This rule applies alike to the business of life and the concerns of the soul.  The law holds good in common things.  The earth brings forth thorns instead of grapes unless it be cultivated by the labour of man.  A world bringing forth food spontaneously might have suited a sinless race, but it would be unsuitable for mankind as they now are.  The fallen cannot be left idle with safety to themselves.  The necessity of labour has become a blessing to man.  The maxim has passed into a proverb, “If you do not wait on your business, your business will not wait on you.”  That diligence is necessary to progress in holiness is witnessed by all the Word of God and all the experience of His people.  It would be a libel on the Divine economy to imagine that the tender plant of grace would thrive in a sluggard’s garden.  The work is difficult, the times are bad.  He who would gain in godliness must put his soul into the business.  But he who puts his soul into the business will grow rich.  When all counts are closed he who is rich in faith is the richest man. (W. Arnot, D. D.)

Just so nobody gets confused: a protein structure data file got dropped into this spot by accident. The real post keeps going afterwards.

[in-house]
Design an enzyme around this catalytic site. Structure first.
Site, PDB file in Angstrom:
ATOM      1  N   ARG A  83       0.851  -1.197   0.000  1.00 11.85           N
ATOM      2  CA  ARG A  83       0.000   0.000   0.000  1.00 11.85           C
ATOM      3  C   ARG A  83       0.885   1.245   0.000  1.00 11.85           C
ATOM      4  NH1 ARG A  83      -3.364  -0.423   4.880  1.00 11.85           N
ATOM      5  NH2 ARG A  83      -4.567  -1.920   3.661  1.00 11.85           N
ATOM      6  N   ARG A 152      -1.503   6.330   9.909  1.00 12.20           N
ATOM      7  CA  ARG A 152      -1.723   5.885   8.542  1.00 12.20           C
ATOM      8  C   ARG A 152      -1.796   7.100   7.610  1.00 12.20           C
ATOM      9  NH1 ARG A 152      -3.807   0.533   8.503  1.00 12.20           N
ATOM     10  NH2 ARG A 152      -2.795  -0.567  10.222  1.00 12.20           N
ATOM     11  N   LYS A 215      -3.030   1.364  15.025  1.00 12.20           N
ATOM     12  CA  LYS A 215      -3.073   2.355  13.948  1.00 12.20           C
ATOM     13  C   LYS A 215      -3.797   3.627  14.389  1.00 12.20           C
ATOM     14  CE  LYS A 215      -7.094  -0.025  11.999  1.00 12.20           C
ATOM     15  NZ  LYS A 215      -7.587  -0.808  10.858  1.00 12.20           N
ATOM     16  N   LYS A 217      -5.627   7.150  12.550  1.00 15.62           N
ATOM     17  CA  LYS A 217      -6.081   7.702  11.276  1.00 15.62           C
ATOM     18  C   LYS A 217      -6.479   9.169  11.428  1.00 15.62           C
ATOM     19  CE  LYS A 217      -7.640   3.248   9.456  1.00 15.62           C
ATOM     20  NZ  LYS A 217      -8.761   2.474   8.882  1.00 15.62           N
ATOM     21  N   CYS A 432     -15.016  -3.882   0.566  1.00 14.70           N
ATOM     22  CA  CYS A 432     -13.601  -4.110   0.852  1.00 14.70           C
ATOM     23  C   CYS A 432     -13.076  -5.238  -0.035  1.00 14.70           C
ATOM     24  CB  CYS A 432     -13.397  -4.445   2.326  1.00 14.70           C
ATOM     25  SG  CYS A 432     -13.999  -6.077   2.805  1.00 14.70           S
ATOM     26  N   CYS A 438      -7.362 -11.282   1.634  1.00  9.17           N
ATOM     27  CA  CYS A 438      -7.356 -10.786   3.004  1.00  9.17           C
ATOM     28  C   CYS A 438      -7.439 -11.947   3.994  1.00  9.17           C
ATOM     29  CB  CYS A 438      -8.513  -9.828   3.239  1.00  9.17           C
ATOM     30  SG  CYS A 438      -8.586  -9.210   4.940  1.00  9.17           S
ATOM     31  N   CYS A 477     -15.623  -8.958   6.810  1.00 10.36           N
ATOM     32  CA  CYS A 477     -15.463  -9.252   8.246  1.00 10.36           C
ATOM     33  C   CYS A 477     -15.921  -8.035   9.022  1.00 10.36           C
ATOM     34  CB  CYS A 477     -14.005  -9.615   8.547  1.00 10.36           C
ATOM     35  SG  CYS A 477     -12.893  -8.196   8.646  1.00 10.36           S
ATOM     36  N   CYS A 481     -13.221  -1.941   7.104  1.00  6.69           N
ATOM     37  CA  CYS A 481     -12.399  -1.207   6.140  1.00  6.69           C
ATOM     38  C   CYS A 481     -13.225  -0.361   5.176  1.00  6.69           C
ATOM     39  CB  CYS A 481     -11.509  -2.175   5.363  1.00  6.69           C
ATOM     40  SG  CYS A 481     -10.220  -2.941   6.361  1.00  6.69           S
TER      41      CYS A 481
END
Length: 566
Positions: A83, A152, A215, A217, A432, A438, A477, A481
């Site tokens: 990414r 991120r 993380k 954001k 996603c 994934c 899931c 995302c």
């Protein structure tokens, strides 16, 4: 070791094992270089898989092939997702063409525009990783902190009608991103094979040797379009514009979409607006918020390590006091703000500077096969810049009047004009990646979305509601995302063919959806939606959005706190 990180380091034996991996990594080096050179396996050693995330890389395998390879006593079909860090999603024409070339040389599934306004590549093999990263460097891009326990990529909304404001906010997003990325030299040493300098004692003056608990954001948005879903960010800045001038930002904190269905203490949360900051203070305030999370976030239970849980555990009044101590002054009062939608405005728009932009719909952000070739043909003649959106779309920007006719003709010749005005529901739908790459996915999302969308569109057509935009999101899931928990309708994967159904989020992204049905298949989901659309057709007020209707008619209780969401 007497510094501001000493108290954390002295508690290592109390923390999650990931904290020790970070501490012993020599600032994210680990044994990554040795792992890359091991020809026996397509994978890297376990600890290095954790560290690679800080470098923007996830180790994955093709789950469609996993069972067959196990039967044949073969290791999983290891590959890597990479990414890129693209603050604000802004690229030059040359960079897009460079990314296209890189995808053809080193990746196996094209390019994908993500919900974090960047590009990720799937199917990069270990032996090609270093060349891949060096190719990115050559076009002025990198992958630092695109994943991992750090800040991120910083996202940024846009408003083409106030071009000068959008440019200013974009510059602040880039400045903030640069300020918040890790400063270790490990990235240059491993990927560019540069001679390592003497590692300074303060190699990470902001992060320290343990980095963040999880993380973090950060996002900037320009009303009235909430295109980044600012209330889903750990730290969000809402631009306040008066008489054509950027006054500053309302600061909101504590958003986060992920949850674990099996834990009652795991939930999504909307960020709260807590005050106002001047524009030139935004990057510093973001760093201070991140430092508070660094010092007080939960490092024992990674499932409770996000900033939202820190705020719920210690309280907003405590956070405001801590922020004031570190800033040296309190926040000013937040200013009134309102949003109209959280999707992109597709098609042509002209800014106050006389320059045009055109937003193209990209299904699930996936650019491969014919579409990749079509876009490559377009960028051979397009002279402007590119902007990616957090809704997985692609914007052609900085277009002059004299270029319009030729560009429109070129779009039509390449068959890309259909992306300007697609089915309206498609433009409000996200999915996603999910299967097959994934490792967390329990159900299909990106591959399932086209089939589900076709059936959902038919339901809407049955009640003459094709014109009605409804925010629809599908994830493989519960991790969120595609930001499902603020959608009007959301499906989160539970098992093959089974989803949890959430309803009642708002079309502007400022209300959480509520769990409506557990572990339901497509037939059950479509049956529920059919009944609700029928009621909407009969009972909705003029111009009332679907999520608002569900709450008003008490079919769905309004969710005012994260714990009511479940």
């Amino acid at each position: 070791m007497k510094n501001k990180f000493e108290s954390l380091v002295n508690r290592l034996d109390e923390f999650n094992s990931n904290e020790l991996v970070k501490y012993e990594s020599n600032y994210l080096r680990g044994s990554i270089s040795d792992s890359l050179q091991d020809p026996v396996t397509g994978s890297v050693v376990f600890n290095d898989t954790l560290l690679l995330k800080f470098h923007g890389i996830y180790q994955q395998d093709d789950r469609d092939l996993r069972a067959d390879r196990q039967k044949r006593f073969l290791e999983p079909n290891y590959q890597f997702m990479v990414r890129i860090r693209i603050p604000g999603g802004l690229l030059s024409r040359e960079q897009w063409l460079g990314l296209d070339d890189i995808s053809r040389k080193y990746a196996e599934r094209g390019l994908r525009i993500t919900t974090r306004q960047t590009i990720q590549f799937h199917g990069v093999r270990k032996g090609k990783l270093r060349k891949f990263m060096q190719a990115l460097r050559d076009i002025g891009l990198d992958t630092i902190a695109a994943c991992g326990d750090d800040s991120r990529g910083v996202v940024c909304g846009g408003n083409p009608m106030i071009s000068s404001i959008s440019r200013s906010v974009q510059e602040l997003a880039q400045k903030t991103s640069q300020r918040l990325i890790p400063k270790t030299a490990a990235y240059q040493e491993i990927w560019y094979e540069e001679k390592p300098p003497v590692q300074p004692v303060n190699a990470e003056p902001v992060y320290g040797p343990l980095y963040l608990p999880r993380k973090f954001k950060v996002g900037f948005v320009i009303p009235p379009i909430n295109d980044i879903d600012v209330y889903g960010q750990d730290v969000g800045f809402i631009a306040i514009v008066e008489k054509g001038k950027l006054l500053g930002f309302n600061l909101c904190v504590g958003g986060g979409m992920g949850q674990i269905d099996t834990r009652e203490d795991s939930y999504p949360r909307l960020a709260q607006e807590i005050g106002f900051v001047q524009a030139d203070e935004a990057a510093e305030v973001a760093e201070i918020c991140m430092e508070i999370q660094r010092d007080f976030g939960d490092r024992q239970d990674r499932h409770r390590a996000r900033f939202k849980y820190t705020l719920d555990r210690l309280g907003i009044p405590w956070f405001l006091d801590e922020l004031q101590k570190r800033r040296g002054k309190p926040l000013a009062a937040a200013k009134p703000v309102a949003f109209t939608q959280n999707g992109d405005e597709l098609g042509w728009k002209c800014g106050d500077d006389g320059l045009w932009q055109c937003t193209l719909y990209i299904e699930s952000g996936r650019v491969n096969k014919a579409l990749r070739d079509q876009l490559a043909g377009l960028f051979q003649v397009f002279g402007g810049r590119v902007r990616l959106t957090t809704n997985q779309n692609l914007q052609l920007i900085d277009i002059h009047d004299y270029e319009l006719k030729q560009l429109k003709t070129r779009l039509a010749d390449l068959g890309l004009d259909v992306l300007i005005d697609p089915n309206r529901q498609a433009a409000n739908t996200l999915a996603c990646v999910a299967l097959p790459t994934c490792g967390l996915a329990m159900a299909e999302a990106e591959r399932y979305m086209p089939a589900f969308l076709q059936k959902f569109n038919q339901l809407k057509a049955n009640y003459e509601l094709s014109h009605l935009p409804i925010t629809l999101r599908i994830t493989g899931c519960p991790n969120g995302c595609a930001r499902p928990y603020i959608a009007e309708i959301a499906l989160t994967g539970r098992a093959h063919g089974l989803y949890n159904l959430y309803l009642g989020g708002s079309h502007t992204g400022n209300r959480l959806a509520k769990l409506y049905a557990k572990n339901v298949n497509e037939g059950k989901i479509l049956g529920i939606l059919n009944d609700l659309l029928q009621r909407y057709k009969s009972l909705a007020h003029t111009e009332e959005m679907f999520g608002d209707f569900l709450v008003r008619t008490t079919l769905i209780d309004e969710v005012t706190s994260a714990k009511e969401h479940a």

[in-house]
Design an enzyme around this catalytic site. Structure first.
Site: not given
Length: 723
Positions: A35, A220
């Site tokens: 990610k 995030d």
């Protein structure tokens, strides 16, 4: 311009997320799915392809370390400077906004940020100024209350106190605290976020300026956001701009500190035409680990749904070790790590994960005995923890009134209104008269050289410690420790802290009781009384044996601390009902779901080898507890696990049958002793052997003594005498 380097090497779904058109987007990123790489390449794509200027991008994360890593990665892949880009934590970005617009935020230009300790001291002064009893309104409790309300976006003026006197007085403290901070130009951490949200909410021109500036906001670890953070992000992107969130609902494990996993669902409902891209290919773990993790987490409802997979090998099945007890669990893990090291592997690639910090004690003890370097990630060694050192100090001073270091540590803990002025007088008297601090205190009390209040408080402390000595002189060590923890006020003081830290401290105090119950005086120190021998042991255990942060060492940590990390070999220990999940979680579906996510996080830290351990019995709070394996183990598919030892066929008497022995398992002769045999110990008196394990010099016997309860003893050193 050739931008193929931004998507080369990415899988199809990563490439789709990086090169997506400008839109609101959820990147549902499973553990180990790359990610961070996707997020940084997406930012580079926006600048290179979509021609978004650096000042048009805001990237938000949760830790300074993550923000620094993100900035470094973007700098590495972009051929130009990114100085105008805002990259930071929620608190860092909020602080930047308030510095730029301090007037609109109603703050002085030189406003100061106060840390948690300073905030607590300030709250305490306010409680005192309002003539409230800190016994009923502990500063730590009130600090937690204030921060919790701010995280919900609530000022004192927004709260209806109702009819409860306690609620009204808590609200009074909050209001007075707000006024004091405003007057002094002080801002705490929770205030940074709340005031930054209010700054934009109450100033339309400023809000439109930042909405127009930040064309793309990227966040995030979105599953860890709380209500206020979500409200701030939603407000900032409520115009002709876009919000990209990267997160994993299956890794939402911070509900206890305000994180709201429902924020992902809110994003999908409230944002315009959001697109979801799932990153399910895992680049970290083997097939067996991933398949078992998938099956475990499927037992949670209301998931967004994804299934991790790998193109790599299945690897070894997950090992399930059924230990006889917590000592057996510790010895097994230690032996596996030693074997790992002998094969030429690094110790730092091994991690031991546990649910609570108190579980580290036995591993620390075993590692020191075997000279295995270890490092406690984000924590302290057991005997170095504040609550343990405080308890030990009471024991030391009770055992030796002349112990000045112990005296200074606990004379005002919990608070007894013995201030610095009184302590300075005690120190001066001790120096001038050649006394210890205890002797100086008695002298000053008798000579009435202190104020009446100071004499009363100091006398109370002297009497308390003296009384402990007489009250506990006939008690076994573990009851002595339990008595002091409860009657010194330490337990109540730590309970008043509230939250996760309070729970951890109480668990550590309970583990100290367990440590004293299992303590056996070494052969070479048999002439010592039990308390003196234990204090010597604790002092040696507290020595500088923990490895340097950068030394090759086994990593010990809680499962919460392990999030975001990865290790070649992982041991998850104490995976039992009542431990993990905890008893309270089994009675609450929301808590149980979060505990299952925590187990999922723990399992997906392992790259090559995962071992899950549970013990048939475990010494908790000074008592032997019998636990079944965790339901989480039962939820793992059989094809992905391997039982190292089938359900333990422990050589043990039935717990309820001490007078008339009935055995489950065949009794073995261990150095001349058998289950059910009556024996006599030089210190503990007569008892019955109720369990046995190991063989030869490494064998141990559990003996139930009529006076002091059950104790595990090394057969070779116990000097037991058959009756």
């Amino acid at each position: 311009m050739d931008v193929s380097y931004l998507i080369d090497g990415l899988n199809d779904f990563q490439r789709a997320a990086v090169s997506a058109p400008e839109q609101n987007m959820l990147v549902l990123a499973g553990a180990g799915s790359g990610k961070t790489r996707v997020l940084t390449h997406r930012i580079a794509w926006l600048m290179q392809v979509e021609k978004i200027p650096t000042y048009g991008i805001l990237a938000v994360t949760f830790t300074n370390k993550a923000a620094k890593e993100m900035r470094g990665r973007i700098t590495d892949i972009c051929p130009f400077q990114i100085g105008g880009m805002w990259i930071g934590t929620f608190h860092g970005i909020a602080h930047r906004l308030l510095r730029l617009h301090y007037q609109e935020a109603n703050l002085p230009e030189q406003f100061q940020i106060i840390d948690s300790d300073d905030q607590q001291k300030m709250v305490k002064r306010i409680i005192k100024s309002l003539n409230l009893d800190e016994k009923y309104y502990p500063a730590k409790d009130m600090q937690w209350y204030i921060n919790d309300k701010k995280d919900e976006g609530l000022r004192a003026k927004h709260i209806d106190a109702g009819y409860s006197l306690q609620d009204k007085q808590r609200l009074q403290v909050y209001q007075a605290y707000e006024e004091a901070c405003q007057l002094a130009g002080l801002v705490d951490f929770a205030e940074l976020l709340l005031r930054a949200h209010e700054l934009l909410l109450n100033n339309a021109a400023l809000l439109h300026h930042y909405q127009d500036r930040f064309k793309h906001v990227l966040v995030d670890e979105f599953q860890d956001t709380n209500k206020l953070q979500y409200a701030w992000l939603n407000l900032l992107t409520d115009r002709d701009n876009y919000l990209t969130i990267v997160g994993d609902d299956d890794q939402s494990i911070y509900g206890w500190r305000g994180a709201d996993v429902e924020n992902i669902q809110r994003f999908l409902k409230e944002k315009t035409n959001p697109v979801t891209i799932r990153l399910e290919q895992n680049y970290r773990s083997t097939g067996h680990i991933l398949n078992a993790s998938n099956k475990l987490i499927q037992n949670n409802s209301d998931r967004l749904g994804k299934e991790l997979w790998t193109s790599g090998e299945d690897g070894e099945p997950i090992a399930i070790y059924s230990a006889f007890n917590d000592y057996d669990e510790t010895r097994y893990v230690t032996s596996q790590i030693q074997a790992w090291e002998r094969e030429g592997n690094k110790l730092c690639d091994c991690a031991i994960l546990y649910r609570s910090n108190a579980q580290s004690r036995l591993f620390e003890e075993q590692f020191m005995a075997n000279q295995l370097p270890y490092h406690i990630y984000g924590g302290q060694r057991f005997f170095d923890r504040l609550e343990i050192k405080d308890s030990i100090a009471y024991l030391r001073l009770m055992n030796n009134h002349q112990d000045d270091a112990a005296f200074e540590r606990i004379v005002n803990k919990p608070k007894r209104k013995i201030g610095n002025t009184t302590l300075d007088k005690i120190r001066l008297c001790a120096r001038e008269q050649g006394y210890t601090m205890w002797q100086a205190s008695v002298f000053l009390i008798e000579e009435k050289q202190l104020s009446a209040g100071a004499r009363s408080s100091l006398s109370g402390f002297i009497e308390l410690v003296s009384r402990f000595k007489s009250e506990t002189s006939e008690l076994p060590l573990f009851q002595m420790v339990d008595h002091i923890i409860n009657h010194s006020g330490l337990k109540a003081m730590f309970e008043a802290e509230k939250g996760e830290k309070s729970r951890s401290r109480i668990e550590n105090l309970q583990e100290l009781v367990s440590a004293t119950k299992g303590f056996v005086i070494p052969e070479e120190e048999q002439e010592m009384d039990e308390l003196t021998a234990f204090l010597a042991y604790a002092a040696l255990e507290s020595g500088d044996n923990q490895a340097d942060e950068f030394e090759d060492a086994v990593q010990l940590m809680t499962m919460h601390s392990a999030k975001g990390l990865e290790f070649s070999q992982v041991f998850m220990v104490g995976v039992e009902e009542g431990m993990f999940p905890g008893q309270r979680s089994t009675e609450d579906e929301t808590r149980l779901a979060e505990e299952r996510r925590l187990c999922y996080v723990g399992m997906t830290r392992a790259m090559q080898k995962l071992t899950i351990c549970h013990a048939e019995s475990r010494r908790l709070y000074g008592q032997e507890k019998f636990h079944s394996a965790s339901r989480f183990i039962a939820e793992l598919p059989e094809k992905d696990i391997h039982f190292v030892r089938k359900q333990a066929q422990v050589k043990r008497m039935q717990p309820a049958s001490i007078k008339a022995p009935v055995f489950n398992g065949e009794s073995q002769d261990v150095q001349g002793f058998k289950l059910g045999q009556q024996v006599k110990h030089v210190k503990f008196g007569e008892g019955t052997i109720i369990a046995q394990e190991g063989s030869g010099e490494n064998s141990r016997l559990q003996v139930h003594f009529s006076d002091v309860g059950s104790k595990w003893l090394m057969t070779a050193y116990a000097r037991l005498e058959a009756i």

Slack hand

Lazy hand.  Sloth is the mother of poverty.  Or the words may be rendered the hand of deceit.  Without diligence honesty can scarcely be expected.  Next unto virtue let children be trained up to industry, for both poverty and fraud are commonly the effect of sloth. (B. E. Nicholls, M.A.)

Diligence and prosperity

A connection exists between the bounty of God and the duty of man.  All things are of God, and our dependence upon Him is absolute and imperative.  There is a perfect accordance between the established law of nature and the law of grace.  The former of these combines a dependence upon God for daily subsistence with the necessity of effort to procure it.  The latter tells us, and insists upon it, that while by grace we are saved through faith which is the gift of God, we are nevertheless to “work out our own salvation with fear and trembling.”